Covid-19 Impacts on Telemedicine

Before the current pandemic, telemedicine was one of the slow rising stars of change in the healthcare industry. There was the promise of access to real-time care for those living in rural areas. A transformed patient experience was often mentioned in parallel to having more options for accessing care (eg. through a smartwatch, desktop computer, tablet, smartphone, connected patient devices, patient device hub, etc.) The promise of what could be possible through telemedicine also extended to clinicians and their ability to deliver carere remotely to more patients, while decreasing their overall manual administrative burden. Now, in a Covid-19 world, telemedicine has become more of the guiding star on how to deliver care anywhere that the patient is located. The age of patients coming into their physician’s office for every single visit is officially over. The pandemic has forced every institution that has enabled the development of civil society, from healthcare to education, to adopt electronic methods for dispensing services. Due to Covid-19, “telemedicine”, something that has been previously thought of as a buzzword, has been catapulted to center stage as the de facto solution for providing care.

Telemedicine will be here to stay long after a vaccine for Covid-19 has been developed. There will be a couple of key drivers for this:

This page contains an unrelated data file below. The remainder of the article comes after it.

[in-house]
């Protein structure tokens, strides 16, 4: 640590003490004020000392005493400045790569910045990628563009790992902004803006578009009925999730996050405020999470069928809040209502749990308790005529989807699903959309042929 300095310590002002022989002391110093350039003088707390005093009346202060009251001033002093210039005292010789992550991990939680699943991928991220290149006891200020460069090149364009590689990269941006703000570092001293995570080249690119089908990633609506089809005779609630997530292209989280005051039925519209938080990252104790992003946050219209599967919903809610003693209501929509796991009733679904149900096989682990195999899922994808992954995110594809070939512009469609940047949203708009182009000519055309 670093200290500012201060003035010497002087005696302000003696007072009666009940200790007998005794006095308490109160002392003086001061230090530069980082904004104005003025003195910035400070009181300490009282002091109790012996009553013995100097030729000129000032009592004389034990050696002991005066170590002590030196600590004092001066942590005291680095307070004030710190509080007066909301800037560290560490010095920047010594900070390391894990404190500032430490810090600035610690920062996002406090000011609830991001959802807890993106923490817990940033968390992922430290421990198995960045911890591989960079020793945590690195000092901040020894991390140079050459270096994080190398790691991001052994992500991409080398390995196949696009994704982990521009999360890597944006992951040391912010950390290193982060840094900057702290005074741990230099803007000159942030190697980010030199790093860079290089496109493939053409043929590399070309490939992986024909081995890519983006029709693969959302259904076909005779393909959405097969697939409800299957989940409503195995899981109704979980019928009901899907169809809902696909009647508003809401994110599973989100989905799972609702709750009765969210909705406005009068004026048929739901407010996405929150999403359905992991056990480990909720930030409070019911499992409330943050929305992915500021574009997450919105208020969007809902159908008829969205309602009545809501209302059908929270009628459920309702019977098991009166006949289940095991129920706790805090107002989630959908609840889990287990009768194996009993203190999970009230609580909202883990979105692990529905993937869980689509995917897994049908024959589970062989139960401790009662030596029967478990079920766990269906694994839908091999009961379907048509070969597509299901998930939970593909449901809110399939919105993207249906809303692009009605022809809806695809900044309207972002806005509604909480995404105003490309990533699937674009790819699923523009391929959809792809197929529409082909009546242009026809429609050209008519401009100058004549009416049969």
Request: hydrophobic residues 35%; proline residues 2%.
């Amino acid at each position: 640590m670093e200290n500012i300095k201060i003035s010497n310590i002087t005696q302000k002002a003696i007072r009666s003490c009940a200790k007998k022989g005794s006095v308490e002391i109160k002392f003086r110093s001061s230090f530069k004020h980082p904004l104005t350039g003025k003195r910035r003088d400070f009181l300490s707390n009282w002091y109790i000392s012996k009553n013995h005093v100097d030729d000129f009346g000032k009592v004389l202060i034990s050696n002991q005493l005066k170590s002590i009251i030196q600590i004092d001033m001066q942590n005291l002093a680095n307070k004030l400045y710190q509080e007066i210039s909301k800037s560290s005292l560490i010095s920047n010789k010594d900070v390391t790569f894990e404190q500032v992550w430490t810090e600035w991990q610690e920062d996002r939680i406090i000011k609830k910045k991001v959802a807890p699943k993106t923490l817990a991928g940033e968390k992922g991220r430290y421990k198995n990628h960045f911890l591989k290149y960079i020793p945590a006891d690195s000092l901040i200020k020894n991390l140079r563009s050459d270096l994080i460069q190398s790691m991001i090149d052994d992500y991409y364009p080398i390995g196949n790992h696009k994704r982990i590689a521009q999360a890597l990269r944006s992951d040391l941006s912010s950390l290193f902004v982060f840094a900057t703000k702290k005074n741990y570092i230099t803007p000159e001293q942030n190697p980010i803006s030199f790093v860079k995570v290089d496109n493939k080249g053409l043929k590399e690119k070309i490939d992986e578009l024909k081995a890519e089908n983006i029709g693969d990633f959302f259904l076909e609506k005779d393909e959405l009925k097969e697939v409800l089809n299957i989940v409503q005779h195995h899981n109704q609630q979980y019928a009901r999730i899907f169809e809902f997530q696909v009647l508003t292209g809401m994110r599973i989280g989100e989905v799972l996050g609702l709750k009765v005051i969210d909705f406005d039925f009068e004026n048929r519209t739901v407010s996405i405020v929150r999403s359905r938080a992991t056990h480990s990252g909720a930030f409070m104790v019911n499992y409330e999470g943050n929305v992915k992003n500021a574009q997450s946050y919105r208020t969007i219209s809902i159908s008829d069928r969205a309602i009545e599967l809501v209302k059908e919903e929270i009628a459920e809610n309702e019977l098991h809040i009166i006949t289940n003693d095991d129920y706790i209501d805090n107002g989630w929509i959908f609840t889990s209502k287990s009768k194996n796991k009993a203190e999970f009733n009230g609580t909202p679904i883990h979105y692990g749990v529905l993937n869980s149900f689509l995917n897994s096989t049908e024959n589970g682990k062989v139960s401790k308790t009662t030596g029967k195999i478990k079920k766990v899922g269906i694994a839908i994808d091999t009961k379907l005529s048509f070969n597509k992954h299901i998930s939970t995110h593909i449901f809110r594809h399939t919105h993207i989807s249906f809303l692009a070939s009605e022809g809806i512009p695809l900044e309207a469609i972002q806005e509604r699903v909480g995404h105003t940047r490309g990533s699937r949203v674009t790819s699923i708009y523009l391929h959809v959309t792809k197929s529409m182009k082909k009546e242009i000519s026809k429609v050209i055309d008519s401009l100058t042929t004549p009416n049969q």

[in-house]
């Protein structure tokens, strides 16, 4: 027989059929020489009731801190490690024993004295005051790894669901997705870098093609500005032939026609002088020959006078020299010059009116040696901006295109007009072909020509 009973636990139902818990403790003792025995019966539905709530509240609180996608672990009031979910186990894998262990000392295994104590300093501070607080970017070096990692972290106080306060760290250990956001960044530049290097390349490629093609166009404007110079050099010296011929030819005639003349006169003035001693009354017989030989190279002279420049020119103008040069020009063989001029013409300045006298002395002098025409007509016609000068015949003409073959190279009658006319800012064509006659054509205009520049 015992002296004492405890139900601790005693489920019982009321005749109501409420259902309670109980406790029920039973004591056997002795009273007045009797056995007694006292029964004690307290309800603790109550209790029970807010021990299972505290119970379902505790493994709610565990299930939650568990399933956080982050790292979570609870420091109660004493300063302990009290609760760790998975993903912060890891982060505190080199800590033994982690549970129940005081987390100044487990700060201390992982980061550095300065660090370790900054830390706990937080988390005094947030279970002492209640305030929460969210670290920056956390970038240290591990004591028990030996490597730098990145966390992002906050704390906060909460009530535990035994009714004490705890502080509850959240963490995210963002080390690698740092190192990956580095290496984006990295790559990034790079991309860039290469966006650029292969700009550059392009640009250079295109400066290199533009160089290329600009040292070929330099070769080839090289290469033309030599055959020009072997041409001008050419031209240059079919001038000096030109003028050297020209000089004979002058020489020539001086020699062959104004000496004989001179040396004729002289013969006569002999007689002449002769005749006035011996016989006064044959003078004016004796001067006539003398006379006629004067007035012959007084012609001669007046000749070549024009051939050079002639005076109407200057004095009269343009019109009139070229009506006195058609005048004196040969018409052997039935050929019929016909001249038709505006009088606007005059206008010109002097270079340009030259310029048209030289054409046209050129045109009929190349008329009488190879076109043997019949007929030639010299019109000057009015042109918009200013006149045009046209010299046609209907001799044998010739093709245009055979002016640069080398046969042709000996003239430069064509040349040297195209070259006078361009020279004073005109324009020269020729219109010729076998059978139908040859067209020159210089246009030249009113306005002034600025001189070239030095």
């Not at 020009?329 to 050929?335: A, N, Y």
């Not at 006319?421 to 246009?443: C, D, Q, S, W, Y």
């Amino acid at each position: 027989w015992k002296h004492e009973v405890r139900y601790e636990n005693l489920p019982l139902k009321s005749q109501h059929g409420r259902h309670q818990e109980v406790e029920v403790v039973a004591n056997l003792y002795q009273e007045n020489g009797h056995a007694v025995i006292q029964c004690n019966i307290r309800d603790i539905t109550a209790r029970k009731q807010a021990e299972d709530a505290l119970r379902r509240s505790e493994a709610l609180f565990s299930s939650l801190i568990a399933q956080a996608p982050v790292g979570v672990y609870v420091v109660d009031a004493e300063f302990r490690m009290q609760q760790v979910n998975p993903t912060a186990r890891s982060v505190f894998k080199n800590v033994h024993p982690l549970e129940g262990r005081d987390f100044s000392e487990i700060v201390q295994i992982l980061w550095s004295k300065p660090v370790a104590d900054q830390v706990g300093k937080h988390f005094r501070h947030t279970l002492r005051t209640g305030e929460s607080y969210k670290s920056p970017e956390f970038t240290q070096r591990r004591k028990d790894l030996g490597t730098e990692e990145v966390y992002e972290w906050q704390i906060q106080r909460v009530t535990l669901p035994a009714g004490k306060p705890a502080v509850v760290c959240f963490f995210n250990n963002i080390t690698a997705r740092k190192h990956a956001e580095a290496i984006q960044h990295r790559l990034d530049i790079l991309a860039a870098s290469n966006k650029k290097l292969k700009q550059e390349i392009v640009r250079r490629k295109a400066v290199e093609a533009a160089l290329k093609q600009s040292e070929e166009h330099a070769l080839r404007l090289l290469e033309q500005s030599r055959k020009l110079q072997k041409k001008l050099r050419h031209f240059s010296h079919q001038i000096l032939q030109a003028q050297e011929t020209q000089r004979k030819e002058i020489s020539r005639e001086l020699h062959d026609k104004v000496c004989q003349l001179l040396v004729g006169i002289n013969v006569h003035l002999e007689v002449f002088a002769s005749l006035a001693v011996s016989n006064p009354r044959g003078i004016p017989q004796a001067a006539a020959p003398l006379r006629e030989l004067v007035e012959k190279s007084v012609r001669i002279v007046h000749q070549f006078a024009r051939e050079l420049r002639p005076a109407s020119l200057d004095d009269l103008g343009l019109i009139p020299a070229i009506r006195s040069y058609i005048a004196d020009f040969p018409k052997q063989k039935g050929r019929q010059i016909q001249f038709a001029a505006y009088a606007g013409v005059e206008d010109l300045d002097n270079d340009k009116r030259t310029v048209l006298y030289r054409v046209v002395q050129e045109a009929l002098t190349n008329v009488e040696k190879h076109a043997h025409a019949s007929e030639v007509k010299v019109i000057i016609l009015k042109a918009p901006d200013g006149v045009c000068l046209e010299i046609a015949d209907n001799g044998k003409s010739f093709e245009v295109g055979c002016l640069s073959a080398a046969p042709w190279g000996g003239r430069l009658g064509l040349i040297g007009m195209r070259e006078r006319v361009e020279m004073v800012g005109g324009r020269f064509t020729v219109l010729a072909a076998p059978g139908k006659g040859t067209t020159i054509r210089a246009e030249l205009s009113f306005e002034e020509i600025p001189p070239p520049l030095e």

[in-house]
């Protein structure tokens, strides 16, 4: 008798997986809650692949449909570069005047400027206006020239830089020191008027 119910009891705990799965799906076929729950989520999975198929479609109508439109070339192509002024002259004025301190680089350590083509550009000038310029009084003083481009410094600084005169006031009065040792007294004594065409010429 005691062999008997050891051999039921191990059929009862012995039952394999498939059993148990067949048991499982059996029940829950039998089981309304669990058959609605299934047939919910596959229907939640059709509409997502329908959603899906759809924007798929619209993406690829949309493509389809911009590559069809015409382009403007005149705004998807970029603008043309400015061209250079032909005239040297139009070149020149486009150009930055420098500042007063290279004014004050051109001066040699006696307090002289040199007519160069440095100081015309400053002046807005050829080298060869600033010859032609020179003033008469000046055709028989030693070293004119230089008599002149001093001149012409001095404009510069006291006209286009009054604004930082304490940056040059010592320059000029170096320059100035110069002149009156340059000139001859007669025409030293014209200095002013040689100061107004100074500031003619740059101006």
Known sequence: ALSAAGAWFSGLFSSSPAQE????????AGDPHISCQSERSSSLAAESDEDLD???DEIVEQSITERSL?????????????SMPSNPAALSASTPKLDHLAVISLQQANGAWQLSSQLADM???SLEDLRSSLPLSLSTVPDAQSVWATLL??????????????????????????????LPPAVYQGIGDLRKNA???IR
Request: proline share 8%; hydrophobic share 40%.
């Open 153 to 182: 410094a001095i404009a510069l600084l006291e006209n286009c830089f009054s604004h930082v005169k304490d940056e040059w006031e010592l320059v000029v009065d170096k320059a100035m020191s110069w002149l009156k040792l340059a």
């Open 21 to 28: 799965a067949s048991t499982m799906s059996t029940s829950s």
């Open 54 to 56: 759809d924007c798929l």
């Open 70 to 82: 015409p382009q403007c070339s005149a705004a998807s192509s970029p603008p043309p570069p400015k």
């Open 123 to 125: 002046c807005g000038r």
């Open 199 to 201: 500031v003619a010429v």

• Patients will have become used to receiving care in their home to one degree or another. As more and more care activities and events happen in the home, patient expectations for online access will only increase. The idea of having to leave the home to attend every single care related appointment will become archaic to most.

  • The majority of the aging population has access to some type of Internet enabled device, whether it’s a desktop computer, smartphone, or a tablet. Even for those that don’t, C24 has partner hardware solutions which allow the patient and provider to communicate directly without purchasing any expensive devices or needing access to the internet.

  • Care delivery and management will only continue to be more integrated with our daily lives. It’s not just about going to a doctor’s appointment and taking medications as prescribed anymore. Adherence to treatment plans, lifestyle changes, and physical activity also play a huge part in patient outcomes, and therefore must also be taken seriously.